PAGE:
Maid in India 7

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One of Manjula’s many talents is tying garlands

“My hometown is Mysore. I was born and raised in Mysore. I have struggled a lot as a young girl. My father sent me to school, but education wasn’t something that came easily to me. I attended school till 5th standard. As I wasn’t good at studies my father stopped me from going to school. After leaving school, I started doing household chores, tying flower strands and other things. As a small girl, I learned many household works. As I grew up, as I started to acquire some knowledge I started to make money by tying flower strands and selling.”

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Manjula with one of our maids, Kamlama and her mother, Parvathama

“My mom left us when we were still young. She had a quarrel and disagreement with my father and left us all and went to her father’s house. Later, my father raised us all even with some difficulties. My mother came back after a while, but my father didn’t let her in. My father married another woman, she didn’t look after us very well, and she didn’t give us enough food. Later my younger brother started working at a hotel; he would bring us food for the nights.

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As we grew up and started to learn things, I joined as a housemaid to a family in Bangalore.  The family for whom I worked wanted a housekeeper for their younger brother’s house in Bombay. They took me to Bombay and I worked there for 10 years. Even there, I looked after a baby for 3 years and the household works for the rest of the years. I never came back to Mysore. After 10 years, the family shifted to Singapore, they offered me to continue the same job with more pay. I didn’t go as my family was here in India and it would be difficult for me to come back from Singapore. I came back to my hometown, Mysore.”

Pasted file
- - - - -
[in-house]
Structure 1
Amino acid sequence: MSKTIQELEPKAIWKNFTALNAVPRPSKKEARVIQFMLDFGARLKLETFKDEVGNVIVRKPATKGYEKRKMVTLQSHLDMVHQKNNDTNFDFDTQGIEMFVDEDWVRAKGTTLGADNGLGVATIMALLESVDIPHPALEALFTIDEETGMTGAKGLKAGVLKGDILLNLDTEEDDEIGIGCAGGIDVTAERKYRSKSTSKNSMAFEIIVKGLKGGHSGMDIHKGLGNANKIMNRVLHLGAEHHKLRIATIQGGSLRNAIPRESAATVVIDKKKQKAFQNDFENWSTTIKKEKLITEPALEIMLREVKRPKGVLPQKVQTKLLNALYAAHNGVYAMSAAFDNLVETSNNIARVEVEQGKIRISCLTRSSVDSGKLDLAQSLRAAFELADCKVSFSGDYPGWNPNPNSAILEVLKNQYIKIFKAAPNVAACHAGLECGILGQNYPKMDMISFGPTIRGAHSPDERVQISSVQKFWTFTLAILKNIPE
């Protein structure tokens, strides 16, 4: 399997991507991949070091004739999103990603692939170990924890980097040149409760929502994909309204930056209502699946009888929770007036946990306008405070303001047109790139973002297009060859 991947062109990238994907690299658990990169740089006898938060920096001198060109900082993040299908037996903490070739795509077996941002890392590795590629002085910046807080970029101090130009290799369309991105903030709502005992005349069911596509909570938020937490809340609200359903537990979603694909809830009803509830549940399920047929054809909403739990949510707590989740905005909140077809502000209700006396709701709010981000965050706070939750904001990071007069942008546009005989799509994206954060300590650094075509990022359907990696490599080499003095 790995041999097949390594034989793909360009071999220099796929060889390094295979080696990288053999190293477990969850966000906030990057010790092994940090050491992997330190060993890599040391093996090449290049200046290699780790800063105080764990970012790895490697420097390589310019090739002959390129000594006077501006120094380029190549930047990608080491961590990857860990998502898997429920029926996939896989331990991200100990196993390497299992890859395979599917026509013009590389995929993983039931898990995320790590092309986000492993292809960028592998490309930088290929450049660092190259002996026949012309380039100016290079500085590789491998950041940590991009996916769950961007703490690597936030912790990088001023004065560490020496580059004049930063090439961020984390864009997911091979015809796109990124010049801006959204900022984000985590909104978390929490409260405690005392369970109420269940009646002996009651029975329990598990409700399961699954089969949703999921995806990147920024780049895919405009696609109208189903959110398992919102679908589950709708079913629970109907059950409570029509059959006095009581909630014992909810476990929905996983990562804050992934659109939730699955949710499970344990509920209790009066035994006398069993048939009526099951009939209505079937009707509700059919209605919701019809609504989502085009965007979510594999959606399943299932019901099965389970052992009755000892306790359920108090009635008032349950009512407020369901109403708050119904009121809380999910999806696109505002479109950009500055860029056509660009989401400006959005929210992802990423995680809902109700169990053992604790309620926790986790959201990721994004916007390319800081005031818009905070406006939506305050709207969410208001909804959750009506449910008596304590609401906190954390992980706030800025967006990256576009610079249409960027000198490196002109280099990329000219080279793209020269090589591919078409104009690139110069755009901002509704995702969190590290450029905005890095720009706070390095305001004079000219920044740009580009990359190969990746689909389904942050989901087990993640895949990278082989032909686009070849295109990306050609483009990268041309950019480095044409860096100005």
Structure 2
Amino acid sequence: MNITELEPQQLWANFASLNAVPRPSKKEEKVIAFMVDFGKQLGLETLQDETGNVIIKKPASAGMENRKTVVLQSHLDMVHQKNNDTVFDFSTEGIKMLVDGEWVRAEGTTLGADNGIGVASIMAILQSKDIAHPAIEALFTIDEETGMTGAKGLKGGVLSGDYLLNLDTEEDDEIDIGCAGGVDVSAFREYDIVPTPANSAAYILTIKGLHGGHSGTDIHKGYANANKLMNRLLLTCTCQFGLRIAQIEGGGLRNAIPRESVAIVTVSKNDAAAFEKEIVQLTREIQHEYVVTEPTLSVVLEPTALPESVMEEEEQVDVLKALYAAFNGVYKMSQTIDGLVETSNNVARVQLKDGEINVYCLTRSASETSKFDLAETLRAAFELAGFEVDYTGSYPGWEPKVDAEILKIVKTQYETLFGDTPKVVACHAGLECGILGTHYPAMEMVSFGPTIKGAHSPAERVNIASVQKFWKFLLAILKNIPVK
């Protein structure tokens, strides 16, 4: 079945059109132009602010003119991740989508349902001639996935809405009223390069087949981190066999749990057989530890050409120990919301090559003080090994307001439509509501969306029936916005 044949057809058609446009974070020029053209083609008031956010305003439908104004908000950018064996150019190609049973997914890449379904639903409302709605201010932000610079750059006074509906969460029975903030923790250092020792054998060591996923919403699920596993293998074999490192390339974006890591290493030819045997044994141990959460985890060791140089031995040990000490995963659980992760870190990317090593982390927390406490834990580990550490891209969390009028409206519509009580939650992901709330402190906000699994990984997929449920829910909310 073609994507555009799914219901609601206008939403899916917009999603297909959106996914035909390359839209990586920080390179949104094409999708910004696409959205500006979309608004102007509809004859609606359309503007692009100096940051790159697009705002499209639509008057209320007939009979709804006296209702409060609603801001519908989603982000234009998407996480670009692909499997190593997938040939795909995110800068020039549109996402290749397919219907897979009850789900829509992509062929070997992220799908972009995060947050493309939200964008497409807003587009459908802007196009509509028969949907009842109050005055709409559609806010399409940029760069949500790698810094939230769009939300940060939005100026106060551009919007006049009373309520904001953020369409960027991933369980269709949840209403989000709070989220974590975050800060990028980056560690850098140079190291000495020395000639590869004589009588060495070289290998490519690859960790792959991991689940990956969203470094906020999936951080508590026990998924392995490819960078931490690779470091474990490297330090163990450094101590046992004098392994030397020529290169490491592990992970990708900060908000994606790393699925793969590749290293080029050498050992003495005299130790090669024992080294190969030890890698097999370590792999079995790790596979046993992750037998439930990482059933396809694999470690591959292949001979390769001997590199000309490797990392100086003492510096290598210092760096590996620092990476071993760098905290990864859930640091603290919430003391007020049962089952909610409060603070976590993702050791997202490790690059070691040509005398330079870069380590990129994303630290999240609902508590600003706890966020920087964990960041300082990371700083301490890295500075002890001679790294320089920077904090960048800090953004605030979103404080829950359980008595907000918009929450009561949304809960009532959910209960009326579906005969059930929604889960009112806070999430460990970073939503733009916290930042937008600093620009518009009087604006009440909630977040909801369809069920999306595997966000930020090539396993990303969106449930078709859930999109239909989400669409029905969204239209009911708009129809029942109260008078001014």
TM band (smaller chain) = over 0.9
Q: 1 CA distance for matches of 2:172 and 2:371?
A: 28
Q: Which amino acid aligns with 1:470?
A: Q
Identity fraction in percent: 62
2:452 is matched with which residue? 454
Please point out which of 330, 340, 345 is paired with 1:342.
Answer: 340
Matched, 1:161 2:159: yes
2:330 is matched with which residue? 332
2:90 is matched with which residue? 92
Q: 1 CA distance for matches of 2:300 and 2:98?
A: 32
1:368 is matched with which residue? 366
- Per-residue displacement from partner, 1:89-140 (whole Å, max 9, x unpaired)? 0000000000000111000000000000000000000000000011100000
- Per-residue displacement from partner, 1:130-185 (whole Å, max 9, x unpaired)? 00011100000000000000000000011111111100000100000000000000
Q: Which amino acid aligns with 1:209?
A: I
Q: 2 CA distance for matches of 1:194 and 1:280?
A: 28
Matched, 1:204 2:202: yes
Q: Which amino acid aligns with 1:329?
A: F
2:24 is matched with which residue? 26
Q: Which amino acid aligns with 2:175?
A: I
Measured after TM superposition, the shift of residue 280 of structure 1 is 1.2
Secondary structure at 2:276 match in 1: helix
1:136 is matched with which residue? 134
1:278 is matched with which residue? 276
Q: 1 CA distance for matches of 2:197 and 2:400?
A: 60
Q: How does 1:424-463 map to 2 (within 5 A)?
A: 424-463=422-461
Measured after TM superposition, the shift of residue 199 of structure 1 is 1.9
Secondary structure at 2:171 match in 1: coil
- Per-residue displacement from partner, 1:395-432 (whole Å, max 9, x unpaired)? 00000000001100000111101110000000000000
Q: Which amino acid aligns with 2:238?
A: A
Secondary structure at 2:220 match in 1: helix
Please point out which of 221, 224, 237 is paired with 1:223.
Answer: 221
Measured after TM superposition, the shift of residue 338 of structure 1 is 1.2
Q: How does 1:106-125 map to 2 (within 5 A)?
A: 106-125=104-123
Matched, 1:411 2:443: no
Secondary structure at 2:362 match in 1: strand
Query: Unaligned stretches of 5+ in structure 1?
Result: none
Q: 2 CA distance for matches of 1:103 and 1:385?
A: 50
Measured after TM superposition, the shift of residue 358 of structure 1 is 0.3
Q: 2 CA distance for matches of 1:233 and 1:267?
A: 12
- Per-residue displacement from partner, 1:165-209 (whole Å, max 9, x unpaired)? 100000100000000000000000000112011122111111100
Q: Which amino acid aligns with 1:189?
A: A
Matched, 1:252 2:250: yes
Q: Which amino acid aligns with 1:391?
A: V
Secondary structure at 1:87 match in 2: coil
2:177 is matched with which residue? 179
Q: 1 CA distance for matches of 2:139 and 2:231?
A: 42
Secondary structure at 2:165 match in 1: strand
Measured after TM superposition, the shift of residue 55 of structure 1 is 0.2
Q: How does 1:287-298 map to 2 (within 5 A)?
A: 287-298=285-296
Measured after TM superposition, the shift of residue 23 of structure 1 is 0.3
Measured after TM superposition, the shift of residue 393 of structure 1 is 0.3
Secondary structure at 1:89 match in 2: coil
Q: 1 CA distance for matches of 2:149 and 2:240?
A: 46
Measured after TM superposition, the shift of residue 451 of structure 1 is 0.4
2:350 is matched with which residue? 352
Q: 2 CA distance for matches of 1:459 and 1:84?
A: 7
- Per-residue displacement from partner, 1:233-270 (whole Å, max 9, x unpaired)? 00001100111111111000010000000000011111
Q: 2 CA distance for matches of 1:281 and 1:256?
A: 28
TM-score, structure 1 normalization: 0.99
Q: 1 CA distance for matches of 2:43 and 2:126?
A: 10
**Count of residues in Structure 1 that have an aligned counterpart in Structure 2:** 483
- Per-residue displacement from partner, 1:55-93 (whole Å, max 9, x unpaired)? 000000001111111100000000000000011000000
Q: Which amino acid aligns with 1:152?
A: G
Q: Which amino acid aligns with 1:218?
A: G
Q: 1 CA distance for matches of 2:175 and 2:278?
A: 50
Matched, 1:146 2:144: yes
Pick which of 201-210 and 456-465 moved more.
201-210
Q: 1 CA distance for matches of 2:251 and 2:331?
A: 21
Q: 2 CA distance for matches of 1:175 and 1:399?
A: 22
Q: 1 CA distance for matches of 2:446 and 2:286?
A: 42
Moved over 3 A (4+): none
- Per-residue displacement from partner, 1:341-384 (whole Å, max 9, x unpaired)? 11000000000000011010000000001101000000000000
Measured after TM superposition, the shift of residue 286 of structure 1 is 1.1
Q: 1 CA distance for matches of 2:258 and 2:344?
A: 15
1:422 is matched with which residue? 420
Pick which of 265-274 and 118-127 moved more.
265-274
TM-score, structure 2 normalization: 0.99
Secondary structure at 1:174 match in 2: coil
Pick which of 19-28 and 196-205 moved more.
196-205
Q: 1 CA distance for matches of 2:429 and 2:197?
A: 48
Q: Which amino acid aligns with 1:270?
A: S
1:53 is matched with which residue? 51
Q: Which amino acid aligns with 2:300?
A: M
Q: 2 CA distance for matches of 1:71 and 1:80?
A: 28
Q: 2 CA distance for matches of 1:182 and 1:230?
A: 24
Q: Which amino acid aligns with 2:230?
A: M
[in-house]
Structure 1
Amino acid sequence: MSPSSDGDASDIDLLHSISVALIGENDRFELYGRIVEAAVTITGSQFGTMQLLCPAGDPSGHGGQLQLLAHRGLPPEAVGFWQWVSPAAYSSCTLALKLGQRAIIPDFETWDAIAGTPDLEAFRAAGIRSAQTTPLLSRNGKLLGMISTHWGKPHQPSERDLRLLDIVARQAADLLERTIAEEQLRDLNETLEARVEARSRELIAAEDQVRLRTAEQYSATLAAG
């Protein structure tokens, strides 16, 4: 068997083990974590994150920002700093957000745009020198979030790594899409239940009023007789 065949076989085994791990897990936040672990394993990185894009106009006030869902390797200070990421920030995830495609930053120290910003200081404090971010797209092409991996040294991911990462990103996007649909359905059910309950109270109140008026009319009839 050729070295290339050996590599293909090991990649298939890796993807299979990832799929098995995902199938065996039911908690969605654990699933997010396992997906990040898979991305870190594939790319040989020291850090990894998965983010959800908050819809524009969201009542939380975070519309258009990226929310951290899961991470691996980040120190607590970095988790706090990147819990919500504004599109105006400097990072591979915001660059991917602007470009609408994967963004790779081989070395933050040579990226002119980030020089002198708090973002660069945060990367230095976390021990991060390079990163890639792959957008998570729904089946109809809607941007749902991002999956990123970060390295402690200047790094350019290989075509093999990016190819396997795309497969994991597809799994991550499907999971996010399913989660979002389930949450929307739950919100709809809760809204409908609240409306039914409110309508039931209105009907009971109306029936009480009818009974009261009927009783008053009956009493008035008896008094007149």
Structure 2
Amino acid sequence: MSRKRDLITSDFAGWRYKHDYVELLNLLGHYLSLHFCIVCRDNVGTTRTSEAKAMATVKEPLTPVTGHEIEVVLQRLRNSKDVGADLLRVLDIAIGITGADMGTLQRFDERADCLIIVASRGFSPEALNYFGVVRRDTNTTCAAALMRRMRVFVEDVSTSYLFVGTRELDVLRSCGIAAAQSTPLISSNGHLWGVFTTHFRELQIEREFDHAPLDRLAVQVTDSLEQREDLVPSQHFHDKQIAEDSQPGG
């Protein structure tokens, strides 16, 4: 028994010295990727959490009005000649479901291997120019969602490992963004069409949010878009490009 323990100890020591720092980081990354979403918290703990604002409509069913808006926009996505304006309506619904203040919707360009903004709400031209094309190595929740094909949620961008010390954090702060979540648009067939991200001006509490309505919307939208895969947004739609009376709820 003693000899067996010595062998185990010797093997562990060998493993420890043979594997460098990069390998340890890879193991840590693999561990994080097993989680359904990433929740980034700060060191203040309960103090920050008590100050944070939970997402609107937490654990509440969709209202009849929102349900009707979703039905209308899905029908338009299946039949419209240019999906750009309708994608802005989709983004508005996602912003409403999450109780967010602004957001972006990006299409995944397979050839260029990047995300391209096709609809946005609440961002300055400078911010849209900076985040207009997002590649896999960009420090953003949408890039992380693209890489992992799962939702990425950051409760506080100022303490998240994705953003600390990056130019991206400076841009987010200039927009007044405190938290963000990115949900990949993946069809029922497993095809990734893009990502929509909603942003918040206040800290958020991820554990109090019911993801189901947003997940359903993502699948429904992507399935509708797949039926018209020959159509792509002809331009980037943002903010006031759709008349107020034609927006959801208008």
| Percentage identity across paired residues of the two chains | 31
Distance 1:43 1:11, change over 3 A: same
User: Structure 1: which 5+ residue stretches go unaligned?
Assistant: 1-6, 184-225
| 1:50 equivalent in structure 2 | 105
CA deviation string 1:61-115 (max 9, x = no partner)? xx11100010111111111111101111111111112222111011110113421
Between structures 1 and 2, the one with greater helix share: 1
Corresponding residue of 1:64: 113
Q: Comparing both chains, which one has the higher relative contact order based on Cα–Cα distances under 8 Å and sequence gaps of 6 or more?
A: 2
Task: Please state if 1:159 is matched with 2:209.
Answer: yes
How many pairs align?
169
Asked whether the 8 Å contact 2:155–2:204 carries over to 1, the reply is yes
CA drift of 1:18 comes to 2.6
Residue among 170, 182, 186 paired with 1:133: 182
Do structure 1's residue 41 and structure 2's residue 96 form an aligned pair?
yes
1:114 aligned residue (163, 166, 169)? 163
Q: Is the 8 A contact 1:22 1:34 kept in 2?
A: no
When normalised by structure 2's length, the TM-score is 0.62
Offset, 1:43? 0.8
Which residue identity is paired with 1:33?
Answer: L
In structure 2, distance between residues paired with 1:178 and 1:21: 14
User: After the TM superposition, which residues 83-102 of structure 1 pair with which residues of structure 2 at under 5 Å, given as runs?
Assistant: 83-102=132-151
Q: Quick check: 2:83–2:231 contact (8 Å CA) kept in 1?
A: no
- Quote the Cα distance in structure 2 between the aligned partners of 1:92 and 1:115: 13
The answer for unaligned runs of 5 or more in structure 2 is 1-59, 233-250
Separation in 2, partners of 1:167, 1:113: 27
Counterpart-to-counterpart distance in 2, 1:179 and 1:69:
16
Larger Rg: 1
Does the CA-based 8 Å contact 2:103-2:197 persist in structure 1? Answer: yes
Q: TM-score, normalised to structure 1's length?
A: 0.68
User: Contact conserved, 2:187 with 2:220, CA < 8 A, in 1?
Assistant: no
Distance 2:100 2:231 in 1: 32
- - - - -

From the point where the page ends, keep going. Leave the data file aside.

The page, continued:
Farrell Footnote.

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I’m not altogether sure what happened at school. One of the stories she tell me is she would ask the teacher if she could leave the classroom to go for a number one (pee). Then legging it, with her brother left in the classroom having to carry her bags home. What a naughty girl! I don’t think she was there very often. There was a big bust up with her father and it led to her being taken out of school. This was the very school featured in our tortuous journey to get her transfer certificate (TC), to get a PAN (tax) card to get a passport as the TC was the only evidence she had of her birthdate. check here

There are so many things to unpick here: starting work from a very early age, her mother abandoning her and then returning ( a pattern she repeats to this day), relations with her various ‘step-parents’ (their favouritism and neglect) and the fluid marital relationships in some communities in India, the multiple jobs to earn a crust, life as a maid travelling across India to work with an unknown family in a completely alien city or even travelling internationally into what can be quite stark and challenging circumstances (more of that one later). Which seems to be a pretty standard thing for ‘children’ from poor families..

One of the obvious observations is that its a pretty hard life if you’re poor in India (and no doubt elsewhere). Here in India, have been incredibly stoic, dealing well with life’s paradoxes, whilst necessarily being resilient, adaptable and creative. It’s one of the first things we notice as first time visitors and as we get to know the country and it’s people better, we notice how wonderful they are and how mean some can be.

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